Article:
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American Express’s OPEN Forum Blog is built around editorial content licensed from leading business authors such as Guy Kawasaki, Anita Campbell, Scott Belsky and others (more here Double Team movie full
). When a reader decides to share a particular story with a friend or a community like Techmeme, where someone posted this article by John Battelle, it’s American Express and the OPEN Forum Blog that benefit from the amplification.
Last week the OPEN Forum Blog won gold at the MIXX Awards.
Guy Kawasaki, John Battelle and Mark Frauenfelder have published content (plus bonus videos and other features) from their upcoming books and are distributing them to readers of their blogs as Adobe Acrobat 9 PDF Portfolios. Adobe did not shape or influence the content itself, but it is paying to run ads on all three authors’ sites.
The free “sneak previews,” not surprisingly, are moving like hotcakes — 1600 downloads in a week — and with each download Adobe takes a new prospective customer on a tour of Acrobat 9.
Ads on each site (like this one, running on Guy’s site) not only promote the PDF preview, they also let fans re-post the ad unit on their own sites:
And since circulating these previews benefits the authors too — they are the book-equivalent of movie trailers — Adobe’s campaign is getting extra mileage beyond the paid sponsorship. Here’s a post by Battelle on Searchblog:
(Credits: Steve Weeks and the Adobe Acrobat 9 marketing team; Yiming Roberts, Erica Milanese and Jenny Yumiba at Goodby Silverstein; and Liam Boylan, Nicole Cook, Stephanie Loleng and Lester Lee at FM.)
In the latest extension of its Epsonality campaign, which recommends printer models based on personal traits and work habits, Epson has teamed up with PopURLs on an intelligent RSS feed for DIYers, crafters, photographers, entrepreneurs and life hackers: the Epsonality edition of PopURLs.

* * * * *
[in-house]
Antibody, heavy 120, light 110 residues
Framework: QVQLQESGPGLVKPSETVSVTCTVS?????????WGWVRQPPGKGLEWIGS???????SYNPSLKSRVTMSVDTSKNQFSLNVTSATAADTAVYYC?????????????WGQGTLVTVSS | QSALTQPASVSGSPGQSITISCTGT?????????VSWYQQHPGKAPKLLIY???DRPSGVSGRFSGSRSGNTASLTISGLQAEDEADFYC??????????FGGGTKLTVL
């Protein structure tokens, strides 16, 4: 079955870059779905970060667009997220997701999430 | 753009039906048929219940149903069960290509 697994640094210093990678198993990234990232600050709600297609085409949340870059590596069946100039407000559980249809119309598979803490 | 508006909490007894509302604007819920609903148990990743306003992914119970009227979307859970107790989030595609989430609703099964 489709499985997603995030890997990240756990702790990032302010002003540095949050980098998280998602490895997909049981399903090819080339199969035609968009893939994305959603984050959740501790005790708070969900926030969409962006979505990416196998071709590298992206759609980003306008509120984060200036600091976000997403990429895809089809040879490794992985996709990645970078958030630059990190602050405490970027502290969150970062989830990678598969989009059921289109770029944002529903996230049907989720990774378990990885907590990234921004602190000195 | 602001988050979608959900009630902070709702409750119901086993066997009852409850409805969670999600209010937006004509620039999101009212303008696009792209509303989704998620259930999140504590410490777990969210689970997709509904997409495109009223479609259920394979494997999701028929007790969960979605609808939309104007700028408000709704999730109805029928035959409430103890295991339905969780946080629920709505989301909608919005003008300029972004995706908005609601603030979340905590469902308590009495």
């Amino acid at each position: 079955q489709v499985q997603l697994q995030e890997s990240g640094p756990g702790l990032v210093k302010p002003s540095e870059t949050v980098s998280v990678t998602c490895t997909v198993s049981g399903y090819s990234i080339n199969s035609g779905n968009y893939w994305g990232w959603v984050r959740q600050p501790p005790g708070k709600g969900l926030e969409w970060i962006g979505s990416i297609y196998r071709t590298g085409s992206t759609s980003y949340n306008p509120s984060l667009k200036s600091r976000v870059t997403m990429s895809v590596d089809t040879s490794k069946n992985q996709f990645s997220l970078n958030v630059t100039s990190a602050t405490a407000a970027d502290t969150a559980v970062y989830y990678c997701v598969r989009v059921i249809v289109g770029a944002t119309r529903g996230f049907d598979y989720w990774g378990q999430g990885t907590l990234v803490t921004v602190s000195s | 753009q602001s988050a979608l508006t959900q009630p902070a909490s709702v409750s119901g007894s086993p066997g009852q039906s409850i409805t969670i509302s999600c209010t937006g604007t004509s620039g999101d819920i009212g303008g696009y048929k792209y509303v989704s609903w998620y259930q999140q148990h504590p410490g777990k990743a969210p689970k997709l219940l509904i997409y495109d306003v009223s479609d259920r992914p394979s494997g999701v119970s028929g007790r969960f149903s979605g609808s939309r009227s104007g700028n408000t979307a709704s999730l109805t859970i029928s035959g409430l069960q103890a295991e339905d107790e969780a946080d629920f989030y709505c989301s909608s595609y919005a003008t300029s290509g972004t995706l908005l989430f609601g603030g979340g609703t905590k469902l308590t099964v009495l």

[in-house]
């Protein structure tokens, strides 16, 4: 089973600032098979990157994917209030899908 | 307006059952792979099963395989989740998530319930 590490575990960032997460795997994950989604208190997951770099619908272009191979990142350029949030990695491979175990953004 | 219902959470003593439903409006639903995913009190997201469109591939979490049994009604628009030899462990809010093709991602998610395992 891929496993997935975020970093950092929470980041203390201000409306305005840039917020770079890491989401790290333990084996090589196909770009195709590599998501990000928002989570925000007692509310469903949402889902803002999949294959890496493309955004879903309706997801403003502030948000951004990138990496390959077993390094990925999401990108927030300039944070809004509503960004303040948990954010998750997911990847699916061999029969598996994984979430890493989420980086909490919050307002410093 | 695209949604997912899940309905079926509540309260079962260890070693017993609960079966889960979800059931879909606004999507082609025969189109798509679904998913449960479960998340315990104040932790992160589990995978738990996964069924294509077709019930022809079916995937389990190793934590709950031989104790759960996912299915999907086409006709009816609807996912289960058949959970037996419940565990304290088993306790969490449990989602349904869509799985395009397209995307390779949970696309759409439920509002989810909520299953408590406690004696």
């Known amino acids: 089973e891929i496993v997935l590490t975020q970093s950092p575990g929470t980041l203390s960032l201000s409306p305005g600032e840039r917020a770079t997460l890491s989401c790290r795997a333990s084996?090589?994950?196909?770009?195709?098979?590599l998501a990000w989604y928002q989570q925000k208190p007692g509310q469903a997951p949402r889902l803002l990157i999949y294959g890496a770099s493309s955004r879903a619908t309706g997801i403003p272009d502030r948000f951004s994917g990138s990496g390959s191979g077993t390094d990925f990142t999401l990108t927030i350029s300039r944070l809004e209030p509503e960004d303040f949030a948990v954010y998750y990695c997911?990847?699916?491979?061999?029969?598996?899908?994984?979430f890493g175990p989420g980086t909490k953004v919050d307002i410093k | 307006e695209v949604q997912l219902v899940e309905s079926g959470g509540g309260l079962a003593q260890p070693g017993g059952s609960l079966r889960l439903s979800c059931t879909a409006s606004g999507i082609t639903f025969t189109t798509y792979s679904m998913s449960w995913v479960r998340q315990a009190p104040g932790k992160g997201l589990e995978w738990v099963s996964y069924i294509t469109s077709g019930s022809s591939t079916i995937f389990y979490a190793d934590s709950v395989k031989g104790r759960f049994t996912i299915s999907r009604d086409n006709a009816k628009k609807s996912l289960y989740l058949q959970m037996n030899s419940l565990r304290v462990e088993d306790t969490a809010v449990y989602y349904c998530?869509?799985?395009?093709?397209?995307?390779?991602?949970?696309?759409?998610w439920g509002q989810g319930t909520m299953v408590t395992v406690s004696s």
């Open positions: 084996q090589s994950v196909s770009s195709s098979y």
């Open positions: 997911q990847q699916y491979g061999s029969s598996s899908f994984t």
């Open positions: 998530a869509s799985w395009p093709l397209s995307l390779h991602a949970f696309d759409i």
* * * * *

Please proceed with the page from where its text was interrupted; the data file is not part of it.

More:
The team at PopURLs points their technology at editorial content in those categories from across the web, and Epson sponsors a site and feed that caters to the informational needs of its core customer segments.
(Credits: Thomas Marban at PopURLs; Jordan Kretchmer, Ed Cotton, Shelly Hughes, Amy Rodier, Sankar Patel, Jordanna Howard, and Caroline Lewis at Butler Shine; and Leona Laurie, Bernie Albers, Josh Mattison and Mark Chu-Cheong at FM.)
Technorati is out with the new State of the Blogosphere report. Lots of great stuff. My favorite part: More evidence that blogs are becoming more like normal old websites:
“as the Blogosphere grows in size and influence, the lines between what is a blog and what is a mainstream media site become less clear. Larger blogs are taking on more characteristics of mainstream sites and mainstream sites are incorporating styles and formats from the Blogosphere. In fact, 95% of the top 100 US newspapers have reporter blogs.”
The pundits at OMMA are mostly upbeat (see the round up at PaidContent). TNS Media Intelligence’s Brian Wieser, SVP of industry analysis:
“contends that there will be no impact on the industry — at least in the short term. ‘The broader trend of ad dollars shifting into non-measured media marketing and new media will continue. Even given the current turmoil, there’s still room for growth, as more marketers have already begun a steady move to alternative media. So unless you get a scenario where you have a couple retail institutions combining or consumer facing effort, you won’t see an impact. If two retail banks combine, for example, we could still see an uptick in ad spend as the merged companies feel the need to execute a branding campaign. Outside of that, for the financial services firms and publications and agencies that rely on them, a bad year just got worse. But that’s not the whole market.’
I hope he’s right. But chaos across the financial markets is bound to cause nervousness among business people in every sector, and that nervousness will delay advertising start dates, shorten contract commitments, and may temporarily slow down the migration of funds to relatively new channels such as digital.
Sometimes even the best-intentioned contextual-matching algorithm screws up. Here are few more for the “humans v. the bots” file. (Thanks, Lester Lee!)
First, an “Adjustable Rate Mortgage Left You in Freefall?” banner served up alongside a plane crash article on CNN. Then PetMeds.com promotes a free shipping offer next to a Chicago Sun-Times story about kittens accidentally FedEx’d across the country. Finally a Swatch “Shake at the World” banner above CNN coverage of a major earthquake affecting Pakistan and India. Oops.
If you’re not already a subscriber to MarketingProfs, they’re offering a free trial. This week they added a marketing case study on Lenovo at the Olympics:
“CASE STUDY: Last month in Beijing, Lenovo leveraged its Olympic sponsorship to develop global brand awareness. Unique to its approach was its use of new media, which fortified its traditional marketing and created a new level of athlete and fan interaction.”
Here’s more on the Facebook app that was part of the sponsorship.